More about the science
Attempts at understanding, predicting and diagnosing disease states have faced serious obstacles as a result of the heterogeneity of in situ cell populations. By examining the behavior of individual cells in fine detail and linking preexisting states with cell fate, the Microscale Life Sciences Center is pursuing a bold new path in the study of health and disease.
Single cell studies more accurately reflect the changes of cell populations over time, frequently offering clearer results than those obtained from examination of bulk cultures. Analysis at the single cell level requires less biological material, allowing for the study of previously unculturable strains and rare cell types, which may play a vital role in the development of disease states. Nevertheless, many challenges remain. Existing single-cell techniques are often destructive or invasive to the cells under study and evaluations in real time—essential for tracking dynamic processes—are difficult to carry out.
At the MLSC, we are working to find new ways to examine multiple parameters for individual, undisturbed, living cells in real time and to correlate cellular events with genomic rearrangement and gene expression. New techniques rely on advances in microfluidics, microfabrication and microelectromechanical systems (MEMS). This comprehensive, automated and multi-tiered approach is known as a lab-on-a-chip. In addition to close monitoring of phylogenic alterations at the cellular level, such advances will ultimately allow us to carry out functional genomics and proteomics, one cell at a time.
Cellular activities such as respiration and protein expression are evaluated at the single cell level, with a focus on cell-to-cell variation—factors often missed in traditional population-averaged measurements. To date, the MLSC has performed single cell experiments with human epithelial cells, yeast, macrophages, T-cells, and bacteria, demonstrating the broad applicability of our techniques. The critical pathways to cell damage and cell death and imbalances in the cellular decision-making process are of particular concern, implicated in the disease states of cancer, heart disease, and stroke. Specifically, we have focused our attention on the processes of pro-inflammatory cell death (pyroptosis), programmed cell death (apoptosis), and avoidance of cell death (neoplastic progression). The MLSC’s bioengineering efforts include the development of microsystems with multiple sensors, environmental control, and cell manipulation capability.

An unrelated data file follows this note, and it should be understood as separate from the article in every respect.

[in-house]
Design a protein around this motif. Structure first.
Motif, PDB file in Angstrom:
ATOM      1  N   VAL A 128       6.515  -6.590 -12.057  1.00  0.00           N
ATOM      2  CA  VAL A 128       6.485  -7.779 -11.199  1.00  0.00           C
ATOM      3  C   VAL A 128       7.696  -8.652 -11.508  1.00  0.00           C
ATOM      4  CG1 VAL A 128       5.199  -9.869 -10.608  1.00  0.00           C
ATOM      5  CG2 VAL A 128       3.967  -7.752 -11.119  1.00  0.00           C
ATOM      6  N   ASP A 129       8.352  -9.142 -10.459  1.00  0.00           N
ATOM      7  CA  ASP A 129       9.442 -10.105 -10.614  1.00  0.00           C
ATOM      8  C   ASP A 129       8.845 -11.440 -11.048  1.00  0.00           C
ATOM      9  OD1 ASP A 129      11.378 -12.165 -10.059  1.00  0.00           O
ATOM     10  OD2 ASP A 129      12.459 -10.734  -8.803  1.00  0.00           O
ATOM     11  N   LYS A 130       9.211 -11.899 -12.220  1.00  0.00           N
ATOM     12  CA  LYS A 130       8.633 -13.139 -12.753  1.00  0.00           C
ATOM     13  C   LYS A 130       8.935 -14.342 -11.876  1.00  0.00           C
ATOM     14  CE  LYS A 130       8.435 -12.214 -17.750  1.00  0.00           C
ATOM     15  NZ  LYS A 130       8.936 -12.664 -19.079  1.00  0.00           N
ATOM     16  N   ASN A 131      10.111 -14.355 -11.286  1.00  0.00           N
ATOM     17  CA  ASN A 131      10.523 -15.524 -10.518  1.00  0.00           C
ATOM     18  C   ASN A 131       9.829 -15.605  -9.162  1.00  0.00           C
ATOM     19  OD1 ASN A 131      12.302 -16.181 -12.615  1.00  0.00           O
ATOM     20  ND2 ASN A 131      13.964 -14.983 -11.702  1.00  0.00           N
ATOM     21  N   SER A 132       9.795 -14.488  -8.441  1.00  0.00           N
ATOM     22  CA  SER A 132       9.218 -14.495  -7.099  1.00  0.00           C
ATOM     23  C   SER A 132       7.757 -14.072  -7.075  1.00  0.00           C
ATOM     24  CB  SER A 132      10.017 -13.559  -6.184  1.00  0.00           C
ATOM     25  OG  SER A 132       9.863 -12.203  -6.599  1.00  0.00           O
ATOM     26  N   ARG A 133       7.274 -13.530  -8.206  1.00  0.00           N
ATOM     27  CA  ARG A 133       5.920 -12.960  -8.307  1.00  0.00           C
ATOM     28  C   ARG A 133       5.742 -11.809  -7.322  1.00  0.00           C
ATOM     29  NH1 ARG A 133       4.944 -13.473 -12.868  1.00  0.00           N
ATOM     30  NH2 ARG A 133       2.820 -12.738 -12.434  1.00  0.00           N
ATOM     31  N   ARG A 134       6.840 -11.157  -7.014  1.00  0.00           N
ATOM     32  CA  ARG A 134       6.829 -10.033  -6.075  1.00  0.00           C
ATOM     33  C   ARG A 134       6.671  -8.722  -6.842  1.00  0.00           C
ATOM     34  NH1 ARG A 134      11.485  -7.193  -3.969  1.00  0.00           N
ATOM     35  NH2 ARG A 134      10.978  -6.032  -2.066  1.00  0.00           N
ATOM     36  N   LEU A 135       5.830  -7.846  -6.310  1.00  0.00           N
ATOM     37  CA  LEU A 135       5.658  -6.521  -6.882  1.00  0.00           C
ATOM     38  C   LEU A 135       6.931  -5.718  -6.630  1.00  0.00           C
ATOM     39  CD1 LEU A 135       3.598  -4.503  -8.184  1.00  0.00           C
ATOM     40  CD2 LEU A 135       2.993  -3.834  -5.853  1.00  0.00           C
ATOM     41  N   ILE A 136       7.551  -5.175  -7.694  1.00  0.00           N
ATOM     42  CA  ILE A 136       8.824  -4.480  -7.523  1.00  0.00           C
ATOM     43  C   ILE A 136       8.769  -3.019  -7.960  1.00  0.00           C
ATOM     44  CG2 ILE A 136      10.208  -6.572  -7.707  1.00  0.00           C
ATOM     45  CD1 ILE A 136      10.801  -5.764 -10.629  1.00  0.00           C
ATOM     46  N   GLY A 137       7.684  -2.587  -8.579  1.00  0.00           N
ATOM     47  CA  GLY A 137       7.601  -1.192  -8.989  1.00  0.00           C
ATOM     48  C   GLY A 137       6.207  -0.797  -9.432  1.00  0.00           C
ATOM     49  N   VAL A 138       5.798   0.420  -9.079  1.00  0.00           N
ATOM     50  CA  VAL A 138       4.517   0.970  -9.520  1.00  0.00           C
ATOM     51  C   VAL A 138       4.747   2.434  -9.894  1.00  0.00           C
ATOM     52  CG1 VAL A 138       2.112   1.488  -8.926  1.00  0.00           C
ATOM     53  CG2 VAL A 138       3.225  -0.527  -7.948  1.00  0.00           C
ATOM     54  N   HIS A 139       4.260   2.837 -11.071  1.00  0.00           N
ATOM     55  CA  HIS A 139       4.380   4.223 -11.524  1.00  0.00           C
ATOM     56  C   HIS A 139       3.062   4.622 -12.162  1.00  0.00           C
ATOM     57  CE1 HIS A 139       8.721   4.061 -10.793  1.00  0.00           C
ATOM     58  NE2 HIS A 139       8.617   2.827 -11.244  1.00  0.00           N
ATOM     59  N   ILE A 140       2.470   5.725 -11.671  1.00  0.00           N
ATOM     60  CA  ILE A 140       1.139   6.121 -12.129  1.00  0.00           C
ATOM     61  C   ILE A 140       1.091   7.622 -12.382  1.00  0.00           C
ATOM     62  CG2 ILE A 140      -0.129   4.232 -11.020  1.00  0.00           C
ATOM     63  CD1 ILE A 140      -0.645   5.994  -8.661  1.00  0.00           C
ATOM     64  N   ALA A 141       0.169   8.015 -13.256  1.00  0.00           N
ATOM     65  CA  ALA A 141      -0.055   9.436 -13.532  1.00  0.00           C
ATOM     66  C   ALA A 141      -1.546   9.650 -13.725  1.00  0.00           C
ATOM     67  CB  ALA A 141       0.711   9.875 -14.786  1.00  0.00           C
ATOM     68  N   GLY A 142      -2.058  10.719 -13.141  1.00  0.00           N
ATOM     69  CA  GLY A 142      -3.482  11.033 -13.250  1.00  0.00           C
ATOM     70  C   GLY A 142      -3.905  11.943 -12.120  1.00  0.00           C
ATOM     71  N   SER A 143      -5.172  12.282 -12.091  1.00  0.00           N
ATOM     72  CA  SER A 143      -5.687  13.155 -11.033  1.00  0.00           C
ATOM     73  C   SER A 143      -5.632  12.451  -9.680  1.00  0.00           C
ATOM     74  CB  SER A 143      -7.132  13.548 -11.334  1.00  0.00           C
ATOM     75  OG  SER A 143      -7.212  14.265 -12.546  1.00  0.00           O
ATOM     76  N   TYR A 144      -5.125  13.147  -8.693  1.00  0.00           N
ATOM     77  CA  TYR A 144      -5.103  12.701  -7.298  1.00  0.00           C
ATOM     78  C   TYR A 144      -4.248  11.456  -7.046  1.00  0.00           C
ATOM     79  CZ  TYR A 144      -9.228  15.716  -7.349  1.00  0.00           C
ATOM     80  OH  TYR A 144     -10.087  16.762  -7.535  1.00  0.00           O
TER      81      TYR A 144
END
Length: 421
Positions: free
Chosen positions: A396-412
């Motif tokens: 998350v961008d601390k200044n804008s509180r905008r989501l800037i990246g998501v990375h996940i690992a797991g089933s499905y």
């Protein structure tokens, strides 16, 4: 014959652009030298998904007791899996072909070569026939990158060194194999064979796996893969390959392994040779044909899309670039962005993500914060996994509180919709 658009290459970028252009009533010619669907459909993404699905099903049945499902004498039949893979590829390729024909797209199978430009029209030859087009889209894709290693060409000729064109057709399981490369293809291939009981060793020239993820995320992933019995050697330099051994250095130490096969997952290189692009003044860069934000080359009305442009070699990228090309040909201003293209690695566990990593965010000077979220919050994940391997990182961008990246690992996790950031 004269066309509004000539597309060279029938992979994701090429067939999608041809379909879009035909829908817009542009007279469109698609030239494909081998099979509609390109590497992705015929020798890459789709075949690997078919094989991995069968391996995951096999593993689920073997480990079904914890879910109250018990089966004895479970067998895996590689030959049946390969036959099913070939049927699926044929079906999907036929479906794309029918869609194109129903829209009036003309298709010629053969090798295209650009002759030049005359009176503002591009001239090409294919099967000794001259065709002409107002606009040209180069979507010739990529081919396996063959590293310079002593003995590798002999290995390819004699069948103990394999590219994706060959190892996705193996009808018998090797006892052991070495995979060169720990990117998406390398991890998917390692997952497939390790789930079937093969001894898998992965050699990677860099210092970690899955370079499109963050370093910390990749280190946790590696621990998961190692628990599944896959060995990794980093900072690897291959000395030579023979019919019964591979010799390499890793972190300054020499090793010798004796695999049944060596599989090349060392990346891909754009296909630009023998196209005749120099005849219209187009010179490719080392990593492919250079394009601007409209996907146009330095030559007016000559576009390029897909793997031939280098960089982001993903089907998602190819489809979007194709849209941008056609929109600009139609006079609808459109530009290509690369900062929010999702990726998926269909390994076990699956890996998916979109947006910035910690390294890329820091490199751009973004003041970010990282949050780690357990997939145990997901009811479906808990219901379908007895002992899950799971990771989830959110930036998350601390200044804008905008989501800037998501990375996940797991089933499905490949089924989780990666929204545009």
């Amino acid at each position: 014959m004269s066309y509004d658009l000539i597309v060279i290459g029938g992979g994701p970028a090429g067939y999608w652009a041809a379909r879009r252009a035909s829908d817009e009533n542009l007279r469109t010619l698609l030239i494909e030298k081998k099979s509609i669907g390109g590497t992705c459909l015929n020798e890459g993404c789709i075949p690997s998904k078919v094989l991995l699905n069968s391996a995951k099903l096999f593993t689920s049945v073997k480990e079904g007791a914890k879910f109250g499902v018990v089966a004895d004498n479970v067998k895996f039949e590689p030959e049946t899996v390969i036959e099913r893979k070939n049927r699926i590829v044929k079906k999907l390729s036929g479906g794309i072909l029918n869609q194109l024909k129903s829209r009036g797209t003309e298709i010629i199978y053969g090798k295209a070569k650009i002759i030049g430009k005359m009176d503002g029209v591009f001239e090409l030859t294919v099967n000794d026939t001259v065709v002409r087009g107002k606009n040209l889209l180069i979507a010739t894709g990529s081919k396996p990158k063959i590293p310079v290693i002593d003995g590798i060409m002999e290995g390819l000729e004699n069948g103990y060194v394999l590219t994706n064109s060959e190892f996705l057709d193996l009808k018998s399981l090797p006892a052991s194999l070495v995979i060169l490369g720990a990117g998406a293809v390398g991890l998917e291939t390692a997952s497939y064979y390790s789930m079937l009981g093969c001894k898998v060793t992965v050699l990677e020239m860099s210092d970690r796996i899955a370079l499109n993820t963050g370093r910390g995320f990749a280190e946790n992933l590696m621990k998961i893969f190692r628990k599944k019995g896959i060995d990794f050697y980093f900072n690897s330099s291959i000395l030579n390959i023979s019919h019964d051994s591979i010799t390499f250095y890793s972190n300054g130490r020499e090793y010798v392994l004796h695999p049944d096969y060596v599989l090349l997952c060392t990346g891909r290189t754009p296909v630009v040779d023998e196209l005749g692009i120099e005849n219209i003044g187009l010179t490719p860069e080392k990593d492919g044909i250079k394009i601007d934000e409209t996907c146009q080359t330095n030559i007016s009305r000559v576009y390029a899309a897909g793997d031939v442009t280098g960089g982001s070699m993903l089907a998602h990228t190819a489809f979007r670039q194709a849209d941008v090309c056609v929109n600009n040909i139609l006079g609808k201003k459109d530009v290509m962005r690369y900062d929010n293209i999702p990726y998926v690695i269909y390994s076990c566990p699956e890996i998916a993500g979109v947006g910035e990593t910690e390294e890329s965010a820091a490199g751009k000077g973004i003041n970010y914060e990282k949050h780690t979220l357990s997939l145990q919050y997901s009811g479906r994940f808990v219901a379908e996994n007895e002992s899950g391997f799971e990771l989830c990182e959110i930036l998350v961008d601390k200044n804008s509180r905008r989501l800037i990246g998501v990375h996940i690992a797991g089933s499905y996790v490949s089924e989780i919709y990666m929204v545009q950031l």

Building a complete picture of the landscapes of disease by observing genomic and phenotypic variations at the level of individual cells promises to radically improve human health through the early diagnosis and treatment of illness and through the advancement of preventive strategies.